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Imagine I’m about to introduce you to an auditorium, filled with the smiling faces of folks fuelled by caffeine and an eagerness to learn. What would I say? Hello everyone, I’d like to introduce…
Andy Maslen. Andy is one of the UK’s best-known copywriters, MD of writing agency Sunfish, founder of The Andy Maslen Copywriting Academy and author of five books including Persuasive Copywriting.
Here’s the part where we’d sit down and try and look comfortable next to the microphones. Are you sitting comfortably? Then let’s begin…
Can you name the business book that’s always on your desk? (I’m talking about the one that’s covered in pencil marks, coffee stains and has turned down corners…)
Tested Advertising Methods by John Caples. I have the fifth edition, which is falling to pieces, and the fourth.
What’s your all-time favourite advertising campaign?
Cinzano Bianco with Leonard Rossiter and Joan Collins. I have no idea if it shifted any extra bottles of the vile stuff but it made me laugh out loud. (Which, incidentally, is also at the heart of my love for direct marketing and my central critique of ‘creative’ advertising.)
“Everyone has a book in them…” Or so the saying goes. What do you think/know/believe is the secret to good writing?
I think the secret is having something to say that other people want to hear. That could be a story or an opinion or information. Good style is nice but for me it isn’t a godhead.
If you were just starting out, what advice would you give yourself? Which book or books would you read first?
Pretty much the same advice I give other writers: read. One of my favourite Dr Johnson quotes (and don’t we all love quoting him?) is that “an amateur is someone who writes more than he reads”. I would read Ogilvy on Advertising, How to Write Sales Letters that Sell by my mentor Drayton Bird, and Fowler’s Modern Usage as a shield against the shonky spears of pedants.
Silence? Radio? Or music while you work?
Silence. I know designers love music but I think there’s too much similarity between music and language: it’s like a competing symbolic system in your head, fighting for attention with the words you’re trying to write.
What are your top three novels of all time – and why?
- Midnight’s Children by Salman Rushdie. The story of Saleem Sinai, born on the night India gained independence, transported me, both through the storytelling and the quality of Rushdie’s prose.
- Pickwick Papers by Charles Dickens. I know it’s one of his slighter books, but it makes me laugh out loud every time I read it. Dickens also takes time to show his affection for Mr. Pickwick, even as he, gently, punctures his pretensions.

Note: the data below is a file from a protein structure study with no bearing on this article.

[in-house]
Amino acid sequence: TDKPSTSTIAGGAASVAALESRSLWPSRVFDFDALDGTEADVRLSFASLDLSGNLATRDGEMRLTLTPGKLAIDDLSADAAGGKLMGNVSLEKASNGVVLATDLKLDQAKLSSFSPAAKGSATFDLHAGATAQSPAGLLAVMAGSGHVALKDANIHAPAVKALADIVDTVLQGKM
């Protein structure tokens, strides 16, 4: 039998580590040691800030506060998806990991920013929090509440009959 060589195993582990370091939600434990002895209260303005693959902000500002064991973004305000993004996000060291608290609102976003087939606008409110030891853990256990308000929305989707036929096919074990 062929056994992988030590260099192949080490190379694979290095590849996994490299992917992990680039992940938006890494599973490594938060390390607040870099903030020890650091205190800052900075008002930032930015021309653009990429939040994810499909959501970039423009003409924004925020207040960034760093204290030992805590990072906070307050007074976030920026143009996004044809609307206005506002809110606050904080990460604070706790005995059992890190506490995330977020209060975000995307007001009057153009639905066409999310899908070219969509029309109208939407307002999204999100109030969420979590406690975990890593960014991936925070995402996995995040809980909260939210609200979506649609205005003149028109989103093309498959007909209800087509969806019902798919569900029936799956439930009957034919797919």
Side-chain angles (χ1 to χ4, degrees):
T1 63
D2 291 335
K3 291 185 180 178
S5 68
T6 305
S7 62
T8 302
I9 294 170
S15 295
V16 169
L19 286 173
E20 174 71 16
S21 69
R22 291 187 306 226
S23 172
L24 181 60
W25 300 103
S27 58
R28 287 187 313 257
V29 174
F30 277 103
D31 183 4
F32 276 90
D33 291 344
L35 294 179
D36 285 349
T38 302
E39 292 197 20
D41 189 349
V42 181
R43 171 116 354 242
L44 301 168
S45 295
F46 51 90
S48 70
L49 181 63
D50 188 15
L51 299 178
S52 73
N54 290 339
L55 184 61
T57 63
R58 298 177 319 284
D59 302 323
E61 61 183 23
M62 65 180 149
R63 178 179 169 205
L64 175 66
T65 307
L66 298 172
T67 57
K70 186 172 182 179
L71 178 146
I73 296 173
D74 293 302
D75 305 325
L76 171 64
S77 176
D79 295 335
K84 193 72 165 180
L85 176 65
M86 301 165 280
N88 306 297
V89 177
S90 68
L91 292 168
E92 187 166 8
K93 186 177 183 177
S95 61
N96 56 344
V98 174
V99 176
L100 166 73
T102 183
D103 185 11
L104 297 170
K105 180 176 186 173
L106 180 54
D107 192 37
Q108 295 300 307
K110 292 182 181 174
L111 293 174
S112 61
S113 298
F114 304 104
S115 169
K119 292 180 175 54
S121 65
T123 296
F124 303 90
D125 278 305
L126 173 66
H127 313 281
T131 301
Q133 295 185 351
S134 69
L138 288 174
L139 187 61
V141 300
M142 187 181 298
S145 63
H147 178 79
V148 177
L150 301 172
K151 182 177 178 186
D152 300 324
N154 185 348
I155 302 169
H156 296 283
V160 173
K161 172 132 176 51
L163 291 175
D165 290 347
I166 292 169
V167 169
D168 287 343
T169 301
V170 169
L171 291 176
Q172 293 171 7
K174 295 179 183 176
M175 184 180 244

- The Wasp Factory by Iain Banks. Weird. Beautiful. Shocking. Funny. Surreal.
What’s the best thing you’ve ever written? Why did it rock your world?
My latest book, Persuasive Copywriting. I genuinely believe I added something new to the world of business writing by fusing neuroscience and copywriting AND good writing.
What’s the last thing you bought? And yes, that packet of chewing gum counts.
Hotel Chocolat pear cider truffles. Oh God, they’re delicious.
Who was your teenage crush?
Well, that would be Kate Bush. I have a thing for redheads.
Describe the best meal you have ever eaten.
Dinner at Green’s in San Francisco. Aperitifs of kir royale on varnished sequoia stumps in the bar, then a table with a view of the Golden Gate Bridge. I had a pizza (veggie, naturally) and chocolate fudge cake for pudding. Just wonderful flavours and a real sense of occasion.
What’s your favourite tipple?
Pol Roger White Foil. Any champagne will do but this is my favourite (and Winston Churchill’s).
If I were to give you a private jet, David Attenborough as a tour guide and a month off work – all expenses paid – where would you go and what or who would you write about – and why?
My wife will tell you I’m not a natural traveller. I don’t like extremes – of heat, cold or humidity; I don’t like places where you have to be vaccinated against things with “fever” at the end of their names; I’m not great with bugs bigger than a fifty-pence piece, or apex predators; or crowds. So, maybe New Zealand. I would write about people, what makes them tick, fall in love, or out of it, decide to raise children, go off the grid. I am not sure what Mr Attenborough would be doing all this time. Maybe he could find some nice, non-threatening creatures to show me during tea breaks.